To be classed as a small company your business must meet 2 of the following criteria:
In the event that you meet two of these criteria you can file 'small company' accounts instead, and these do not have to be audited.There is a third type of accounts that may need to be filed, and these are for a micro-entity.
To be classed as a micro-entity you need to meet at least two of the following criteria:
Successfully run business' are stable, they keep a close eye on their finances.
This is not just the basics of revenue, but any losses and expenditures too.
Whilst our accountants and bookkeepers can prepare these reports for you, sometimes it can be difficult to understand the figures on the paper.
Company accounts can be really useful, they highlight profit and loss. Moreover they can highlight areas of your business that are going well and also areas that may be in trouble. This can allow you to plan contingencies in the case that an area identified is not performing as well as hoped.
Our professional accountants offer guidance and support in understanding your annual reports and can highlight any trouble spots so that you can plan and adapt your business approaches to maximize profitability. If you are looking for that support why not contact us here.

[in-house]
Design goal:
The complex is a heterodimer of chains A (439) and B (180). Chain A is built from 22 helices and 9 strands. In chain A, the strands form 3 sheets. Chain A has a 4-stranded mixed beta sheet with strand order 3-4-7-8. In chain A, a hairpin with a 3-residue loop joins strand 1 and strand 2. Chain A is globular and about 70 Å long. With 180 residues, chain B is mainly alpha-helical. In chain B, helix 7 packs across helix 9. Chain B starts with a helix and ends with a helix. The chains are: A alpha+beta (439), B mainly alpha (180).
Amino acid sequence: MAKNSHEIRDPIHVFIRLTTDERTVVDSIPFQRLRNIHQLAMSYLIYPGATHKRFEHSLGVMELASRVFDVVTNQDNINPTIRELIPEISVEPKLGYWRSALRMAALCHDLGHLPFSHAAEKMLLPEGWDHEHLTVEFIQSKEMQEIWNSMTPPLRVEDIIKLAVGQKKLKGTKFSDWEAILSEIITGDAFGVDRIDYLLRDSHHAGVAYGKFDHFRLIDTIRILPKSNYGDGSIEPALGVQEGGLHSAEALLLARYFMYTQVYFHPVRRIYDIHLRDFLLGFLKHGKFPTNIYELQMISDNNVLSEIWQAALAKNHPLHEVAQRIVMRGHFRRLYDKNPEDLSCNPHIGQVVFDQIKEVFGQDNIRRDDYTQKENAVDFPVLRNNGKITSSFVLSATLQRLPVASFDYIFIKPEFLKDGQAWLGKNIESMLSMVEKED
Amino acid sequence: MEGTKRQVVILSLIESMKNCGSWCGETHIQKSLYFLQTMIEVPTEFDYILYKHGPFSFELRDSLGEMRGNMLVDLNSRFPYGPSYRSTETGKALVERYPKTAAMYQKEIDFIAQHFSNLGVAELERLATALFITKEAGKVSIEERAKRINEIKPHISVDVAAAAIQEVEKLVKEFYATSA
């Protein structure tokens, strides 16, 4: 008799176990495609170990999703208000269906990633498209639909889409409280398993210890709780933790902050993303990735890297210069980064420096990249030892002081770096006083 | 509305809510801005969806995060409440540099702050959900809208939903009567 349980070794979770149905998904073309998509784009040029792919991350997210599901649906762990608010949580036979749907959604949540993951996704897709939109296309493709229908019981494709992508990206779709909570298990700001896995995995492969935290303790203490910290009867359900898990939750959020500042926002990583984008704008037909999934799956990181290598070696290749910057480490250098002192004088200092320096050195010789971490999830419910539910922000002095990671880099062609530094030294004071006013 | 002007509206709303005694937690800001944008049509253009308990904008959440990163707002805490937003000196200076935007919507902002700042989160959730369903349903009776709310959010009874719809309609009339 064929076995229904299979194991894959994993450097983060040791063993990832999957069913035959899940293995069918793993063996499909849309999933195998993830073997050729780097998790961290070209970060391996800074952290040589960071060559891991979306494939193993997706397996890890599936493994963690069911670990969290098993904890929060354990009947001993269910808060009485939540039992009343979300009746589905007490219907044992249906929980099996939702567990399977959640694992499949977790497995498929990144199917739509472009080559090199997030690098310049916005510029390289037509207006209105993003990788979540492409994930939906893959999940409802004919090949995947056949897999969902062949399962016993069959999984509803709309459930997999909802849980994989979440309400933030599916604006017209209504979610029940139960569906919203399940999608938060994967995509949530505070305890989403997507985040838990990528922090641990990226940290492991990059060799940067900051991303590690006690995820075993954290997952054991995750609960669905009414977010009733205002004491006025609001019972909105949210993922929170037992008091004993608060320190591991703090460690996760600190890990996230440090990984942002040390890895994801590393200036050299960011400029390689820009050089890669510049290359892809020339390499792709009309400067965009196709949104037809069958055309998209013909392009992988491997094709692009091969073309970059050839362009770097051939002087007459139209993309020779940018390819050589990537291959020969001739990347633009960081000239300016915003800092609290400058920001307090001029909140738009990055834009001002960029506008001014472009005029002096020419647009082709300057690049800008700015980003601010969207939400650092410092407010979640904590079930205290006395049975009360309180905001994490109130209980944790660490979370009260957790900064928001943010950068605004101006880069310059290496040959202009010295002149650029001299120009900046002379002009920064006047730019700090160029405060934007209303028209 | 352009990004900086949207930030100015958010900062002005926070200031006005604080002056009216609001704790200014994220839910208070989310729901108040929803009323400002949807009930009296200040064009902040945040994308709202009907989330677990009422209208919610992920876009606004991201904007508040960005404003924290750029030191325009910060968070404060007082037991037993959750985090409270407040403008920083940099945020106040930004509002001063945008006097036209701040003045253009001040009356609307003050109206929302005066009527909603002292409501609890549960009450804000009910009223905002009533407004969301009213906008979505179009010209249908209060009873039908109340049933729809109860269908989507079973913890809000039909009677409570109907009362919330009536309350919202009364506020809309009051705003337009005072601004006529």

For small companies the statutory obligation is only the balance sheet, it is much easier to prepare a balance sheet if you have a profit and loss account.
Profit and loss accounts provide a what is know as a basic trading summary. This will include all expenditure, for example how much goods or services have been sold and any further expenditure, for example wages.
This will also include a Balance Sheet and a Cash Flow Statement which will also include tax related expenditure or other outgoings. This will in turn make changes to your profit and loss statement.